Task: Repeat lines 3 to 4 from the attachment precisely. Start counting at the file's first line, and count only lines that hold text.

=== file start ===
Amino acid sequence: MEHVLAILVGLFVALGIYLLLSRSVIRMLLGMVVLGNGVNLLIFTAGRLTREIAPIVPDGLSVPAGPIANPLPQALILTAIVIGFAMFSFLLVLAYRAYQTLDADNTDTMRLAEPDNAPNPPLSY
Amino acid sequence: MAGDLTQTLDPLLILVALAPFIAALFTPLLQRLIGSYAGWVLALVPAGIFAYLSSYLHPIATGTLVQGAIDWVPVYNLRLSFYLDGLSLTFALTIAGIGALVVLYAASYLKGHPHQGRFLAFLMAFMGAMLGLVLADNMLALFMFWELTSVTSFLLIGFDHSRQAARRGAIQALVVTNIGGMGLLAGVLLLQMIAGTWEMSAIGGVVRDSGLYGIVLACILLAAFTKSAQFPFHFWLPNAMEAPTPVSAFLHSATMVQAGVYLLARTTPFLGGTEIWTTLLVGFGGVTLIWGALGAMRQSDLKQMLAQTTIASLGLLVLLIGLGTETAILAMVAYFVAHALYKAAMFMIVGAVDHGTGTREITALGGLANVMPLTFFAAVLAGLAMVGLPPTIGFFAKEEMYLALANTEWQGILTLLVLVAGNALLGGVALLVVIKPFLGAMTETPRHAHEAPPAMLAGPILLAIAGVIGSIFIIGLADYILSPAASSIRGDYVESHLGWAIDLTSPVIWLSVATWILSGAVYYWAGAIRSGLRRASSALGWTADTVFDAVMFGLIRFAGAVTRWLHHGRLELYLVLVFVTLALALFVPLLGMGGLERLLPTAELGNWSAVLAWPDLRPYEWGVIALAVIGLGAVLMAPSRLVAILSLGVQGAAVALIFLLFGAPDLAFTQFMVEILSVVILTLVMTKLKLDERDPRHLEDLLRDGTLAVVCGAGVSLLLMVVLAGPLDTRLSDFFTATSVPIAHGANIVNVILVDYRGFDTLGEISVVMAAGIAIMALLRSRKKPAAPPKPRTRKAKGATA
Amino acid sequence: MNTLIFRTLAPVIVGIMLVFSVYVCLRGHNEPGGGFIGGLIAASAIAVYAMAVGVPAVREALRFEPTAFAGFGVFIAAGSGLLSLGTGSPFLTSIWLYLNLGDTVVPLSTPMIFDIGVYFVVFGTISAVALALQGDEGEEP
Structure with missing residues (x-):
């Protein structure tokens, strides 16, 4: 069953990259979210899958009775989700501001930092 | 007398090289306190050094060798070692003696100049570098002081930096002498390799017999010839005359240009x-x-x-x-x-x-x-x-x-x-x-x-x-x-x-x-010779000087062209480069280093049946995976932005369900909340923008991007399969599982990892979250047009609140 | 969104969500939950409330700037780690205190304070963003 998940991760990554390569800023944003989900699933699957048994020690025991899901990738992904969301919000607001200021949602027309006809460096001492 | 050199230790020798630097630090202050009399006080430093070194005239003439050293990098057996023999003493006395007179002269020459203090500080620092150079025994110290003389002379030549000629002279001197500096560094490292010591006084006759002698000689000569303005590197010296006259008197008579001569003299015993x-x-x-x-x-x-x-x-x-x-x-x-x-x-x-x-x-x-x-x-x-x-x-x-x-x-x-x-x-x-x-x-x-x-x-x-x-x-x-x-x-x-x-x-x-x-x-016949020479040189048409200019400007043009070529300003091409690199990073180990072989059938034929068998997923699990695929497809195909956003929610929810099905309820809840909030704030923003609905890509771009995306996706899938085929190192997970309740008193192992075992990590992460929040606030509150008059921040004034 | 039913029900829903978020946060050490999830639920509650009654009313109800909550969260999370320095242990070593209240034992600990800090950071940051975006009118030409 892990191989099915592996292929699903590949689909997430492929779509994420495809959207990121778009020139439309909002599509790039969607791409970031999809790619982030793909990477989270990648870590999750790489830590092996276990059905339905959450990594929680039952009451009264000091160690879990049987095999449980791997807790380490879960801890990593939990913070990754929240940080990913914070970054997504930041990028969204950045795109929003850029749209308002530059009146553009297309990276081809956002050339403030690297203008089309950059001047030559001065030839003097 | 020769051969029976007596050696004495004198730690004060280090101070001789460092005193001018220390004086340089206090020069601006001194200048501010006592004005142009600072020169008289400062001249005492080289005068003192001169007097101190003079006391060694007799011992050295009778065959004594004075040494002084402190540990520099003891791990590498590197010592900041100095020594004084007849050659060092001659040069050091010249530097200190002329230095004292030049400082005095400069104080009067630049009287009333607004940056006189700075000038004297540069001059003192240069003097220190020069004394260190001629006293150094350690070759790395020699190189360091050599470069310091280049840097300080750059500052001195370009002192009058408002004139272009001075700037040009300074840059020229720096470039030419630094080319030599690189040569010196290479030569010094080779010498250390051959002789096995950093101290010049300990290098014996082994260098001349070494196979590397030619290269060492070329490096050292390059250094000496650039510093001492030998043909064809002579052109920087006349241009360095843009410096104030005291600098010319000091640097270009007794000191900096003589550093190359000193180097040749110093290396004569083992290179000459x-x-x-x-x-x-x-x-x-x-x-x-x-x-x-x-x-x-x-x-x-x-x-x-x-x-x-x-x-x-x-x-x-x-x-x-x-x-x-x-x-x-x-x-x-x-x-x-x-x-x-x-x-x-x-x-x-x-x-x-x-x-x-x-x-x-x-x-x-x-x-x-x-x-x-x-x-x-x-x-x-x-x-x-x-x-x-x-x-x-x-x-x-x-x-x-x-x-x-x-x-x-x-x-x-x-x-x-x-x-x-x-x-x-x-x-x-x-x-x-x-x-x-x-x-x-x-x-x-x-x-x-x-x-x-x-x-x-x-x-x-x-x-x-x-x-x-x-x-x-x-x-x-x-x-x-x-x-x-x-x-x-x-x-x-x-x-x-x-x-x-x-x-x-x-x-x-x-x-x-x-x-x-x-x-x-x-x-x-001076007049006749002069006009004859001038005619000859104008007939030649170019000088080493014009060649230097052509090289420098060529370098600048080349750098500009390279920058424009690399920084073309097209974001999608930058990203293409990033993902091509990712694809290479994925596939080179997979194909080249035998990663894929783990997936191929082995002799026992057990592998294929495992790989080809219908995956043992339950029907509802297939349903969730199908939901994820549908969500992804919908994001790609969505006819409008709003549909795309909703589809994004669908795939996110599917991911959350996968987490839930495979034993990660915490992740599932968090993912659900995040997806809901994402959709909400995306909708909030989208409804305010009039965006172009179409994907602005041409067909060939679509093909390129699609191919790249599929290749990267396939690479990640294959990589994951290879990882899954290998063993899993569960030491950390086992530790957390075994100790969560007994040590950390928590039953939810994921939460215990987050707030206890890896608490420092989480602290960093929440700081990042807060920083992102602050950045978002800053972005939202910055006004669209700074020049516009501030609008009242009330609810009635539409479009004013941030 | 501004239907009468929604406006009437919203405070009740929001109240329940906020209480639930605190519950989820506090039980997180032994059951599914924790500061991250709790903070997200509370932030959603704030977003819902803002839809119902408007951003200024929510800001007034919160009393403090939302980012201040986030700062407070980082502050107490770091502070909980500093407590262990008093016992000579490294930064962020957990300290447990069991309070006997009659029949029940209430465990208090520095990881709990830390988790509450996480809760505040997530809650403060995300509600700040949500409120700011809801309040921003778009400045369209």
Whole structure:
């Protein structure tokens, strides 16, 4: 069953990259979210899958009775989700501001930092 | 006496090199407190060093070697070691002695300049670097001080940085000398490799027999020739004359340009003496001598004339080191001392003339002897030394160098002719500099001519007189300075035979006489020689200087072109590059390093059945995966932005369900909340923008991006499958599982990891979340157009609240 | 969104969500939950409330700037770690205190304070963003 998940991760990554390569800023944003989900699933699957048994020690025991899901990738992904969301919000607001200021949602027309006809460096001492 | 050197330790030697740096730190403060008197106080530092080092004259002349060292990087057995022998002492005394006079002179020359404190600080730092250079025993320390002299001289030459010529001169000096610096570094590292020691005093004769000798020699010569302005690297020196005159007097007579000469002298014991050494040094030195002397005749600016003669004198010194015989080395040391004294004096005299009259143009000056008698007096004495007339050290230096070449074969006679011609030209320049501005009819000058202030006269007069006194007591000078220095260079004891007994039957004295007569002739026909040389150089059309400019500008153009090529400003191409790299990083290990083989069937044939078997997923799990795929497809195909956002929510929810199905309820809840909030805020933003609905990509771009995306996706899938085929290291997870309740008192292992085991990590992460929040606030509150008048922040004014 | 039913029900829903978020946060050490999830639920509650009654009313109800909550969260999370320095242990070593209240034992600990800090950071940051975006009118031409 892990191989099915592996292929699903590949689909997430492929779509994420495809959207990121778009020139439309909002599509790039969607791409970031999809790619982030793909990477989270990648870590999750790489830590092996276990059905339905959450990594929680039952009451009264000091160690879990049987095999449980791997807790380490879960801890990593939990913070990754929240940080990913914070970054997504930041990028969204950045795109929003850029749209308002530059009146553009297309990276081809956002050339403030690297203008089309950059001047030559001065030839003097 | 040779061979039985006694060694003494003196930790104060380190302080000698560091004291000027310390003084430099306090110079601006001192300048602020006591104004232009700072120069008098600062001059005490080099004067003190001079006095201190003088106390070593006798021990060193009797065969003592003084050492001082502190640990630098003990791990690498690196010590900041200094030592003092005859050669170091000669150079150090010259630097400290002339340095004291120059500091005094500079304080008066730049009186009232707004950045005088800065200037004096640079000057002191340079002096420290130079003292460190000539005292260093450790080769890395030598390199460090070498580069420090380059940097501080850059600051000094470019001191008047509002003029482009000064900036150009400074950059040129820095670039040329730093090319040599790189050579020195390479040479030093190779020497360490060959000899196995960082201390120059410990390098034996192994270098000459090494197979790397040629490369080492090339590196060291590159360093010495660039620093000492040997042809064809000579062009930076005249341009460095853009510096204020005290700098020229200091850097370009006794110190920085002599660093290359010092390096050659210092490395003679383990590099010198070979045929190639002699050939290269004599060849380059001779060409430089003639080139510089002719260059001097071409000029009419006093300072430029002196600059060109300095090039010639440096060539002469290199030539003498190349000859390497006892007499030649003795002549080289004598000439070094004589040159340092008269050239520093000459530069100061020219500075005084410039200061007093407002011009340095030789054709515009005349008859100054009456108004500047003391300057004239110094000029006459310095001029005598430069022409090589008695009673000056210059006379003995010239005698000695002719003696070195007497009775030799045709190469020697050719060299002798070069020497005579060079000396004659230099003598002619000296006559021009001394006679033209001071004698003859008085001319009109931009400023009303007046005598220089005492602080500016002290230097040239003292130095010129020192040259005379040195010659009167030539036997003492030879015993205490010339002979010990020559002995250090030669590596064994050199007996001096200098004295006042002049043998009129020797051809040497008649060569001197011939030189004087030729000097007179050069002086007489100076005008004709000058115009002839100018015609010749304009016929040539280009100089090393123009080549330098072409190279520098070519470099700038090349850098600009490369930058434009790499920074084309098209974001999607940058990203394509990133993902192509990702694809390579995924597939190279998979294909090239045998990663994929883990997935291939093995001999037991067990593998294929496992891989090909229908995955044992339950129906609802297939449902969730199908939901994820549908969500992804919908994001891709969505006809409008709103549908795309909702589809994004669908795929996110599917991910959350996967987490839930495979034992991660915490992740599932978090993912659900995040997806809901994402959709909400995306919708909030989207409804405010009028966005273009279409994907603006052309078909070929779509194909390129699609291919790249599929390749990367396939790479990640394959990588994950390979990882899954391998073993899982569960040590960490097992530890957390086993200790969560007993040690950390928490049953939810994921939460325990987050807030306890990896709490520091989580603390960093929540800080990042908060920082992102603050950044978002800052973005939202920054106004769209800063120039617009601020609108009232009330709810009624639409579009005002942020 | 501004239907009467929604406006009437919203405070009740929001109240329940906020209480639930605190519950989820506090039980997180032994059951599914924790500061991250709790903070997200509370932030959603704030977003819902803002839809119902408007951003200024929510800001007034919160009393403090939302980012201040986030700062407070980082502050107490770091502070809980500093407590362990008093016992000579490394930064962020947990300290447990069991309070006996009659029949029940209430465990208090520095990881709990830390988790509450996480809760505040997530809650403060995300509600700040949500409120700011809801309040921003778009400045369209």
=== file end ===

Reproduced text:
Amino acid sequence: MNTLIFRTLAPVIVGIMLVFSVYVCLRGHNEPGGGFIGGLIAASAIAVYAMAVGVPAVREALRFEPTAFAGFGVFIAAGSGLLSLGTGSPFLTSIWLYLNLGDTVVPLSTPMIFDIGVYFVVFGTISAVALALQGDEGEEP
Structure with missing residues (x-):